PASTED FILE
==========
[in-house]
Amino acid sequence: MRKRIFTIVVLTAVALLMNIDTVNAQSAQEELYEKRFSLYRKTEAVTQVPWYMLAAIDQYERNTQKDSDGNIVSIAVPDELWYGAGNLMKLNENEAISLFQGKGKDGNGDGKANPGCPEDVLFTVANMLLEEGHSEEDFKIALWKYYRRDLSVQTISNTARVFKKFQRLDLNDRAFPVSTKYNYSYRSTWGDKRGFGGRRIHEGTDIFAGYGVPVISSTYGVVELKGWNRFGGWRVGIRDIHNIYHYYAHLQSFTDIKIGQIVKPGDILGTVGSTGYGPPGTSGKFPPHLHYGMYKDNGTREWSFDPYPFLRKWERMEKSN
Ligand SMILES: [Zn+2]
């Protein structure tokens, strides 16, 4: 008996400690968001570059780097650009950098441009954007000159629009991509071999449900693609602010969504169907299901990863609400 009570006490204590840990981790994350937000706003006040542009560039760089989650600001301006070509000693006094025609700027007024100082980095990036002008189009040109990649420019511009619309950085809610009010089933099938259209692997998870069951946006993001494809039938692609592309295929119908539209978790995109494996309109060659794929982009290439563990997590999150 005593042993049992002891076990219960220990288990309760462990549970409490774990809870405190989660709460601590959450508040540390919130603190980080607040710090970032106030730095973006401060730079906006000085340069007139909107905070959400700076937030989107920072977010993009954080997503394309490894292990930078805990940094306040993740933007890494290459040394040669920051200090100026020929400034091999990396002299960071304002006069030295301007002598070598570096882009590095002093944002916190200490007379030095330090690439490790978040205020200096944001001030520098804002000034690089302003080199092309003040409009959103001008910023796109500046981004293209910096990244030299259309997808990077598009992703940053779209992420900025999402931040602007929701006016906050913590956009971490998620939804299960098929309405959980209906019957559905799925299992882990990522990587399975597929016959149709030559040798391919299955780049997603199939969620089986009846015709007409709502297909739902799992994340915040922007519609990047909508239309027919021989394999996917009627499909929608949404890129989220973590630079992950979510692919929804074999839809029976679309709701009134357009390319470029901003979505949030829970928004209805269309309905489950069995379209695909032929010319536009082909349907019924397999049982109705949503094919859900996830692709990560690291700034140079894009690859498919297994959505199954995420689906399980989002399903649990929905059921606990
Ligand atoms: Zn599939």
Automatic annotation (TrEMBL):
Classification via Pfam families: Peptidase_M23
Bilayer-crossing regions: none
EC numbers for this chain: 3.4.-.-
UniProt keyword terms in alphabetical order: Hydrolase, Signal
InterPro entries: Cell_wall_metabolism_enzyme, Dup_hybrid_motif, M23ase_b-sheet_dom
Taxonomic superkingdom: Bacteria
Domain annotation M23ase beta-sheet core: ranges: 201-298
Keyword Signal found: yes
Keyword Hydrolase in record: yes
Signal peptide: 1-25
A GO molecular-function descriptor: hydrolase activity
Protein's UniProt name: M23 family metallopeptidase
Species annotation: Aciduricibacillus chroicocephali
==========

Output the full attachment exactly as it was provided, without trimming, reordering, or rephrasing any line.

[in-house]
Amino acid sequence: MRKRIFTIVVLTAVALLMNIDTVNAQSAQEELYEKRFSLYRKTEAVTQVPWYMLAAIDQYERNTQKDSDGNIVSIAVPDELWYGAGNLMKLNENEAISLFQGKGKDGNGDGKANPGCPEDVLFTVANMLLEEGHSEEDFKIALWKYYRRDLSVQTISNTARVFKKFQRLDLNDRAFPVSTKYNYSYRSTWGDKRGFGGRRIHEGTDIFAGYGVPVISSTYGVVELKGWNRFGGWRVGIRDIHNIYHYYAHLQSFTDIKIGQIVKPGDILGTVGSTGYGPPGTSGKFPPHLHYGMYKDNGTREWSFDPYPFLRKWERMEKSN
Ligand SMILES: [Zn+2]
């Protein structure tokens, strides 16, 4: 008996400690968001570059780097650009950098441009954007000159629009991509071999449900693609602010969504169907299901990863609400 009570006490204590840990981790994350937000706003006040542009560039760089989650600001301006070509000693006094025609700027007024100082980095990036002008189009040109990649420019511009619309950085809610009010089933099938259209692997998870069951946006993001494809039938692609592309295929119908539209978790995109494996309109060659794929982009290439563990997590999150 005593042993049992002891076990219960220990288990309760462990549970409490774990809870405190989660709460601590959450508040540390919130603190980080607040710090970032106030730095973006401060730079906006000085340069007139909107905070959400700076937030989107920072977010993009954080997503394309490894292990930078805990940094306040993740933007890494290459040394040669920051200090100026020929400034091999990396002299960071304002006069030295301007002598070598570096882009590095002093944002916190200490007379030095330090690439490790978040205020200096944001001030520098804002000034690089302003080199092309003040409009959103001008910023796109500046981004293209910096990244030299259309997808990077598009992703940053779209992420900025999402931040602007929701006016906050913590956009971490998620939804299960098929309405959980209906019957559905799925299992882990990522990587399975597929016959149709030559040798391919299955780049997603199939969620089986009846015709007409709502297909739902799992994340915040922007519609990047909508239309027919021989394999996917009627499909929608949404890129989220973590630079992950979510692919929804074999839809029976679309709701009134357009390319470029901003979505949030829970928004209805269309309905489950069995379209695909032929010319536009082909349907019924397999049982109705949503094919859900996830692709990560690291700034140079894009690859498919297994959505199954995420689906399980989002399903649990929905059921606990
Ligand atoms: Zn599939």
Automatic annotation (TrEMBL):
Classification via Pfam families: Peptidase_M23
Bilayer-crossing regions: none
EC numbers for this chain: 3.4.-.-
UniProt keyword terms in alphabetical order: Hydrolase, Signal
InterPro entries: Cell_wall_metabolism_enzyme, Dup_hybrid_motif, M23ase_b-sheet_dom
Taxonomic superkingdom: Bacteria
Domain annotation M23ase beta-sheet core: ranges: 201-298
Keyword Signal found: yes
Keyword Hydrolase in record: yes
Signal peptide: 1-25
A GO molecular-function descriptor: hydrolase activity
Protein's UniProt name: M23 family metallopeptidase
Species annotation: Aciduricibacillus chroicocephali